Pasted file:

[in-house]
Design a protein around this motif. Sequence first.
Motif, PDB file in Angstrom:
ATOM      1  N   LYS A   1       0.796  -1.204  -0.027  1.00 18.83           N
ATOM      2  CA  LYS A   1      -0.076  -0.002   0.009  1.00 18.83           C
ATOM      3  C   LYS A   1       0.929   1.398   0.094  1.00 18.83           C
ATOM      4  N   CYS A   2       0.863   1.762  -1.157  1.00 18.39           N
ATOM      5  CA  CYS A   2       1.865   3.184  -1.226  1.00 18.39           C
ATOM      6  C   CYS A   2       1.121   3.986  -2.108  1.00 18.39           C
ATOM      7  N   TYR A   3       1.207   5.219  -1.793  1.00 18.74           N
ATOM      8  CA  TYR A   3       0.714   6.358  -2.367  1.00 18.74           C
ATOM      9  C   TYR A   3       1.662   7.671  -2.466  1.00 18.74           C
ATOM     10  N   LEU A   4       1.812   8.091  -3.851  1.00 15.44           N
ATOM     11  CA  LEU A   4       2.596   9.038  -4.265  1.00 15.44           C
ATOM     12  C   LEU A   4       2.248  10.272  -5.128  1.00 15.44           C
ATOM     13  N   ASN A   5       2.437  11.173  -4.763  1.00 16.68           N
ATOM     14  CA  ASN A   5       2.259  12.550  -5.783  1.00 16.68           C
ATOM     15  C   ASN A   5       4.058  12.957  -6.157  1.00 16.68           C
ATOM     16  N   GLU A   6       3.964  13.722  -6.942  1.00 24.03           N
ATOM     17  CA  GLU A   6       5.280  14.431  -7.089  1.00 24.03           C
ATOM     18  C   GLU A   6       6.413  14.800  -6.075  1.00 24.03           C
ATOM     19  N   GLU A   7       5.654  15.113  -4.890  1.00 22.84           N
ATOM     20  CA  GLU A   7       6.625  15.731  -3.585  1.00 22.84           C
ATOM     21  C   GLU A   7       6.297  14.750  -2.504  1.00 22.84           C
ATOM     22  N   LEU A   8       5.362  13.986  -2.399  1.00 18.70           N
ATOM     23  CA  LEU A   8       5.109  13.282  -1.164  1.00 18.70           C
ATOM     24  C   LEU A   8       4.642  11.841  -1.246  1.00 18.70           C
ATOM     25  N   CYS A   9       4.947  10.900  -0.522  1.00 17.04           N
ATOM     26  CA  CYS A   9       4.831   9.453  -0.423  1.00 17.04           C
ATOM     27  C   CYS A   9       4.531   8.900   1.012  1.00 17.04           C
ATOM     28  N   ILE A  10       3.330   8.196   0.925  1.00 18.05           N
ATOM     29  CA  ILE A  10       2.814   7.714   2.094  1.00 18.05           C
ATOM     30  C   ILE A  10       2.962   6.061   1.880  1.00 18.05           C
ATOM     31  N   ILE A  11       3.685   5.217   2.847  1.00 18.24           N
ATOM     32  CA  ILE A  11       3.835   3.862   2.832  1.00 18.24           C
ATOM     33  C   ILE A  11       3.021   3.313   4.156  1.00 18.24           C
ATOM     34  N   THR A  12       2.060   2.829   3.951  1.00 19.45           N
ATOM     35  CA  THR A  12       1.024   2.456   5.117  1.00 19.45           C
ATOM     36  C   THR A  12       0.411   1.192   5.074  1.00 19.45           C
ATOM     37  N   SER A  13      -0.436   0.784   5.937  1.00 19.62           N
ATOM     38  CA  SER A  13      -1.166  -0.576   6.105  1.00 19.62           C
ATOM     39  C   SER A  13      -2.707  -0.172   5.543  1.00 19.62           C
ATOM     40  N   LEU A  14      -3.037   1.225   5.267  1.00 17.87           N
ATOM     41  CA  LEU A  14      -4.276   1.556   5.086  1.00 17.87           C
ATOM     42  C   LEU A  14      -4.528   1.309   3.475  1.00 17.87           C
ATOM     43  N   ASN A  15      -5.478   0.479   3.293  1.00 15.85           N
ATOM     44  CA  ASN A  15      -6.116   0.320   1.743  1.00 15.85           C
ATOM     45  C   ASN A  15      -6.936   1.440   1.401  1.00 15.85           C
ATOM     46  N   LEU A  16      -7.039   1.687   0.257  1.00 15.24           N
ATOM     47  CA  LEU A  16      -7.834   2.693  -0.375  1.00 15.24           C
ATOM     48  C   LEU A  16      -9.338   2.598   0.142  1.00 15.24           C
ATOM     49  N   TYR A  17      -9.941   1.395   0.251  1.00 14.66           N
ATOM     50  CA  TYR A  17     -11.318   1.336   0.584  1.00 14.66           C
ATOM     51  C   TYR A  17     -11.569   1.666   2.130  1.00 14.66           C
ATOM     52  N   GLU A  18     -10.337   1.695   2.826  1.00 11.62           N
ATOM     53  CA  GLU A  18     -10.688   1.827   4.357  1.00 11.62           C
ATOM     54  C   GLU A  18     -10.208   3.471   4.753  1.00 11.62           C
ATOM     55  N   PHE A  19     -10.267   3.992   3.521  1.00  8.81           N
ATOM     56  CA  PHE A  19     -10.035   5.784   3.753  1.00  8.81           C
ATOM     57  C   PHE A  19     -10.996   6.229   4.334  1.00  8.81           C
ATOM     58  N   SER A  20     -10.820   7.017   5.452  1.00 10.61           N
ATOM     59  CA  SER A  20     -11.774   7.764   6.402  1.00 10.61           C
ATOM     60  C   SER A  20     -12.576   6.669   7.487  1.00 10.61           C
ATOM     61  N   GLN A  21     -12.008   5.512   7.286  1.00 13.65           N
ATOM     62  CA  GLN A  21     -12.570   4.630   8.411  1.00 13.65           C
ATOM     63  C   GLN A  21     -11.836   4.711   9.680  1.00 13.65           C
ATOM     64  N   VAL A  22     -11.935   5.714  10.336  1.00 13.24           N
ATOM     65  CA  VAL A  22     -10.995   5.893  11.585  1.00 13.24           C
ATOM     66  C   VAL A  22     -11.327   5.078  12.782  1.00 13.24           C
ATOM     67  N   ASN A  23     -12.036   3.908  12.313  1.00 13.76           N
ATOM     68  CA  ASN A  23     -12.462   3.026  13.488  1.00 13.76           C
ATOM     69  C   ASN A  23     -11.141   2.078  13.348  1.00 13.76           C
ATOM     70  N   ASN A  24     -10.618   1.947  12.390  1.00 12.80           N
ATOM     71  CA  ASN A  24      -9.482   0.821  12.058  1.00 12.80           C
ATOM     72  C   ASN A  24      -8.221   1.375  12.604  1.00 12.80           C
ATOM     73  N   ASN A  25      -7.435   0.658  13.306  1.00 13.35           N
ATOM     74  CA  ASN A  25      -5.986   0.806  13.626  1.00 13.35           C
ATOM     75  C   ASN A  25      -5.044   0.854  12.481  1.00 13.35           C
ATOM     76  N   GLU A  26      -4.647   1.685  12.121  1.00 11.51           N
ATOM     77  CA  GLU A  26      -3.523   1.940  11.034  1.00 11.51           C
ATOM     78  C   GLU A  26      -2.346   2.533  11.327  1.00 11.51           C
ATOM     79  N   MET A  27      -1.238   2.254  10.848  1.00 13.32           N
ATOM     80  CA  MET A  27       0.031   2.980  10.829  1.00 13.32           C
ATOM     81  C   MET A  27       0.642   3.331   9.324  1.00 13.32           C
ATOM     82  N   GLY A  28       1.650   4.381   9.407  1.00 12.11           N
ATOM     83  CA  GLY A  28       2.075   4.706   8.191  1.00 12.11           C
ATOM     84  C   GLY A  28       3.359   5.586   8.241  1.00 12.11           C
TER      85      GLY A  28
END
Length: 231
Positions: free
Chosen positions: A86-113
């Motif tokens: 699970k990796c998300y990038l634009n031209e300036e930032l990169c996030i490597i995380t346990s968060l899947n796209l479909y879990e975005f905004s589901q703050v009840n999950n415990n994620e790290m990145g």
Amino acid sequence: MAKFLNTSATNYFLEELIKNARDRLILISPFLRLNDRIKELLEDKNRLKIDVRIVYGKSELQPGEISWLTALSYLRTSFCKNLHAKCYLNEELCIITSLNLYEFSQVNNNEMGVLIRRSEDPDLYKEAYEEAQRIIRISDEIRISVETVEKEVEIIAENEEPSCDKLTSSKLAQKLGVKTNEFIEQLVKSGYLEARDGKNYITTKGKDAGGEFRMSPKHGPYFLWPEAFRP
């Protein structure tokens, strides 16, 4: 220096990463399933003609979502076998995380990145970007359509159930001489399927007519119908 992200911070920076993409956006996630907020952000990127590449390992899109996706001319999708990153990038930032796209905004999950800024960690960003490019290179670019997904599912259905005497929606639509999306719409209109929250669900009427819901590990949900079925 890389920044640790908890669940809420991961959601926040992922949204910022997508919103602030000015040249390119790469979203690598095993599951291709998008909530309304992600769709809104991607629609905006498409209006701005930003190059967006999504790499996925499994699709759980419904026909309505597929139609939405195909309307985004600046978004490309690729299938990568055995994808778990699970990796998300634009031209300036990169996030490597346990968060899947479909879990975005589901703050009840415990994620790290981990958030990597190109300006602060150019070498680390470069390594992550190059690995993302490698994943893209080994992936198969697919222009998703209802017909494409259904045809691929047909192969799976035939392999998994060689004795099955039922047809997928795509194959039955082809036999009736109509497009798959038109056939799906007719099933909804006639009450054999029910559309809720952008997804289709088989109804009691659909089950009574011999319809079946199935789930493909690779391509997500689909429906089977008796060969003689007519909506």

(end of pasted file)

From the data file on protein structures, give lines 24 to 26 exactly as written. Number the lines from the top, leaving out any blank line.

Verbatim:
ATOM     21  C   GLU A   7       6.297  14.750  -2.504  1.00 22.84           C
ATOM     22  N   LEU A   8       5.362  13.986  -2.399  1.00 18.70           N
ATOM     23  CA  LEU A   8       5.109  13.282  -1.164  1.00 18.70           C